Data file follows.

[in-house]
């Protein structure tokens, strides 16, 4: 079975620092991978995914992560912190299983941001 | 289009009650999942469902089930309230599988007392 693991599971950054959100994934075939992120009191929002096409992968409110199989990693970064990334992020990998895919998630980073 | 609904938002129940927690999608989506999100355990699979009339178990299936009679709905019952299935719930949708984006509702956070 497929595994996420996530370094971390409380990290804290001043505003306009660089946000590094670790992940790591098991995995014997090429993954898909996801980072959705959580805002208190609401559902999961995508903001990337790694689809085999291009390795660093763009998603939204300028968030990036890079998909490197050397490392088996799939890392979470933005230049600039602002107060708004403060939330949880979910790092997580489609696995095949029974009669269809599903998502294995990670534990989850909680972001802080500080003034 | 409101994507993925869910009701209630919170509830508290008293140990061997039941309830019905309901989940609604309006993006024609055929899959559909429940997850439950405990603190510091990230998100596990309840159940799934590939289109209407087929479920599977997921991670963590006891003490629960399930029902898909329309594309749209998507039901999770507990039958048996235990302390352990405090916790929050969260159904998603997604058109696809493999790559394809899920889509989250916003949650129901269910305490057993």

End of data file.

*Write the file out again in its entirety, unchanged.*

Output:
[in-house]
């Protein structure tokens, strides 16, 4: 079975620092991978995914992560912190299983941001 | 289009009650999942469902089930309230599988007392 693991599971950054959100994934075939992120009191929002096409992968409110199989990693970064990334992020990998895919998630980073 | 609904938002129940927690999608989506999100355990699979009339178990299936009679709905019952299935719930949708984006509702956070 497929595994996420996530370094971390409380990290804290001043505003306009660089946000590094670790992940790591098991995995014997090429993954898909996801980072959705959580805002208190609401559902999961995508903001990337790694689809085999291009390795660093763009998603939204300028968030990036890079998909490197050397490392088996799939890392979470933005230049600039602002107060708004403060939330949880979910790092997580489609696995095949029974009669269809599903998502294995990670534990989850909680972001802080500080003034 | 409101994507993925869910009701209630919170509830508290008293140990061997039941309830019905309901989940609604309006993006024609055929899959559909429940997850439950405990603190510091990230998100596990309840159940799934590939289109209407087929479920599977997921991670963590006891003490629960399930029902898909329309594309749209998507039901999770507990039958048996235990302390352990405090916790929050969260159904998603997604058109696809493999790559394809899920889509989250916003949650129901269910305490057993």